You can do some of the above without risking your account or taking unnatural actions, but as usual, it needs to be as manual as possible. You’re perfectly free to use an app to tell you which people you follow don’t follow you back, but if you want to unfollow them, you need to do it slowly and manually.
More importantly, you can use an app to run searches and find relevant-looking people to follow, but you should never follow them with the expectation of unfollowing them later or fishing for a reciprocal follow. Follow them if and only if they seem like a relevant account with interesting content you want to see in your feed. Keep in mind that sometimes the list of people you follow is important for a brand. Big name brands rarely follow much of anything; they get their content from in-house producers or from external news sources or searches. The fewer people you follow, the less time you need to spend monitoring an organic feed.
8. Bad Multi-Account Creation
This one is just purely a bad technique. Some Twitter bots, usually found on places like BlackHatWorld, are aimed at creating and managing dozens or hundreds of Twitter accounts at once. They have such valuable features as assigned proxies, rotating user agents, and other anti-spam-blocker techniques.
Any time you need to defeat a spam blocker, you’re doing something wrong. Automation is supposed to make it easier to use your account to accomplish basic tasks, not to perform unnatural actions.
The problem with building and managing dozens of accounts at once is that you pretty much never need to. If you’re trying to manage a lot of different accounts, it’s because you’re a social media agency looking to manage the accounts for clients. Under no circumstances should all of those clients be posting the same things or taking the same actions.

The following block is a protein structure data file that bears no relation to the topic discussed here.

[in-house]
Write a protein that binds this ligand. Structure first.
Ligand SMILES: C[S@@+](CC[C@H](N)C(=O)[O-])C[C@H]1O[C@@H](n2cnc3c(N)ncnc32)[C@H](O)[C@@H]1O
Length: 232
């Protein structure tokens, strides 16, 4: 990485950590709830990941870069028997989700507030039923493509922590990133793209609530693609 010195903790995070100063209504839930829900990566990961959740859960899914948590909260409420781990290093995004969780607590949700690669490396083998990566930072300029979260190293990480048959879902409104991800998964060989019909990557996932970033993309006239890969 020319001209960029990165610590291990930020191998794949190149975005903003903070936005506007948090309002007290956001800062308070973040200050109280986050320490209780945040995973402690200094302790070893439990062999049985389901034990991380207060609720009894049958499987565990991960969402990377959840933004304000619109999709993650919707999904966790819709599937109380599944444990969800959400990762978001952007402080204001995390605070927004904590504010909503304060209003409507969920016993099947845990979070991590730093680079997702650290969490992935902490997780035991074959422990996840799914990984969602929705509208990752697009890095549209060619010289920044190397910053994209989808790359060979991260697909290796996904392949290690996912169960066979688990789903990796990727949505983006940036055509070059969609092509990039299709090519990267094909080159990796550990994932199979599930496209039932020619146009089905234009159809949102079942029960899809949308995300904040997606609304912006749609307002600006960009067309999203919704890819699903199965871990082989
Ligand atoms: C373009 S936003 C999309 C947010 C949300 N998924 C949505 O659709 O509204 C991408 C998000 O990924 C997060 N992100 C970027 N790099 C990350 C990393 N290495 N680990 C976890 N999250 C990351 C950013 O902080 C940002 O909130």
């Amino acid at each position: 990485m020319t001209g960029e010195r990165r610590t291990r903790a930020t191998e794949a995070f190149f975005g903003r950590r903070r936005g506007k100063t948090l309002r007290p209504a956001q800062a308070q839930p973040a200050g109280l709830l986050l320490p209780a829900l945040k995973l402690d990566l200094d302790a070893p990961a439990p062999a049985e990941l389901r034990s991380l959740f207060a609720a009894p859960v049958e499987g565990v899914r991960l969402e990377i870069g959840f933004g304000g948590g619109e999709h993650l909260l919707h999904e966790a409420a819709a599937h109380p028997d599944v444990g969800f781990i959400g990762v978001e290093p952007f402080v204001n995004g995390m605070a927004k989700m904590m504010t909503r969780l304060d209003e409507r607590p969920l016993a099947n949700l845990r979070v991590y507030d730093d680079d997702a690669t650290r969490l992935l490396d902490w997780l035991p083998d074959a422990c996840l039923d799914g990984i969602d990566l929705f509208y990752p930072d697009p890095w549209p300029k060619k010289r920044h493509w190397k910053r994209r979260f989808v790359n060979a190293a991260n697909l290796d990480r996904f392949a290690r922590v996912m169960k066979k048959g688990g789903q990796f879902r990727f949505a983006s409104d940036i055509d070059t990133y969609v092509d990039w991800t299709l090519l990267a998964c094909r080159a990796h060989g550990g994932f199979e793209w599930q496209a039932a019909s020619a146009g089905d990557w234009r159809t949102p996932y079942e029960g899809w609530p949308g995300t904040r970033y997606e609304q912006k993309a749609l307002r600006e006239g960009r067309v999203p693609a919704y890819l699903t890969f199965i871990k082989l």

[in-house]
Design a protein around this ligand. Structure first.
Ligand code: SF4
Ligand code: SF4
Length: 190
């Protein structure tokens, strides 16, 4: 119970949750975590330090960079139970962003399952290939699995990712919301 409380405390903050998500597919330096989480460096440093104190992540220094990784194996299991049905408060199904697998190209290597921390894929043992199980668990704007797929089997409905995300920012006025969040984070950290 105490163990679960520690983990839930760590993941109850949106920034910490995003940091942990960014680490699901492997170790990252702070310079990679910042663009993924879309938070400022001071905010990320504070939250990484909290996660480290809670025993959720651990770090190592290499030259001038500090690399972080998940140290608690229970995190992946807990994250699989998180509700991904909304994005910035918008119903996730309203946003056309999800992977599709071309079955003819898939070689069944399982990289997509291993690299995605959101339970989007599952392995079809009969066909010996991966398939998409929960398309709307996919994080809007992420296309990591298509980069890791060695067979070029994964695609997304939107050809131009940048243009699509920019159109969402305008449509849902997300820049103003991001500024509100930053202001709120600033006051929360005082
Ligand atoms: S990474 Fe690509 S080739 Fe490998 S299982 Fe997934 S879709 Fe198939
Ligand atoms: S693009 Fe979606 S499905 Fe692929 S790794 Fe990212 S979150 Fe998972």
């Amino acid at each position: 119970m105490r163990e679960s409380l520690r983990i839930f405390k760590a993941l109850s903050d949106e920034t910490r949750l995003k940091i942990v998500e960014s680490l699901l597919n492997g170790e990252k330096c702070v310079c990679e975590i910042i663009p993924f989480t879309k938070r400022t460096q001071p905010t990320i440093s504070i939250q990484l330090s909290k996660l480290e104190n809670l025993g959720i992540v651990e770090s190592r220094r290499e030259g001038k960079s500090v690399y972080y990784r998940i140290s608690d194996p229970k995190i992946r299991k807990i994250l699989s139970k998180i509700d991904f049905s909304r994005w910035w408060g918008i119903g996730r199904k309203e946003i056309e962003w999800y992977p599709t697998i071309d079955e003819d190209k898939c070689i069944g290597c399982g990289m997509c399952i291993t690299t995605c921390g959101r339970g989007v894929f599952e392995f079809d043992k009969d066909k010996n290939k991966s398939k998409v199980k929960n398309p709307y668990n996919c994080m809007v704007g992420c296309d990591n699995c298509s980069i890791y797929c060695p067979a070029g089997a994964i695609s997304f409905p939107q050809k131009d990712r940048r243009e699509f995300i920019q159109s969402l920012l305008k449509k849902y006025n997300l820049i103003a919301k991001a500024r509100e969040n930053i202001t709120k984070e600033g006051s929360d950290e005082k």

The only other reason you would want to manage that many accounts is if you’re spamming the site in some way, like selling bot followers, and that’s just not the kind of automation I’m going to ever recommend.
9. Good List Building
All of those automated searches to find people to follow? They might not be good for actually following people, but you can use those same techniques to add people to lists. Create good lists of influencers, content producers, or customers, and you can give them a hint of value without making them feel exploited.
The trick here is to stay on Twitter’s good side. Adding people to a list with a bot is allowable, but you need to make sure it’s a relevant list of relevant people. You should never add people indiscriminately; that’s what gets Twitter up in arms. If you’re in a position to add thousands of people to a list, but those people have nothing in common, it’s not a worthwhile list.
What you generally want to do is build individual lists around specific topics in your niche, and make sure the people you add to those lists are people who have some relevant interaction with that topic. Your plan falls apart if you start adding people who just barely are relevant or who tweet a keyword in a different context.
10. Bad Trend Manipulation
This one is up there with multi-account creation, because it’s using multiple accounts to manipulate trends and topics. Just don’t do it! If you even have access to a botnet like that, you’re going to be banned sooner or later. It might have worked in the past, but Twitter is cracking down on such things after the Russian issues over the last few years.
Personally, I recommend getting away from the black hat techniques as much as possible. I know it’s hard to grow an account more organically, but the value is a lot more lasting and a lot more useful.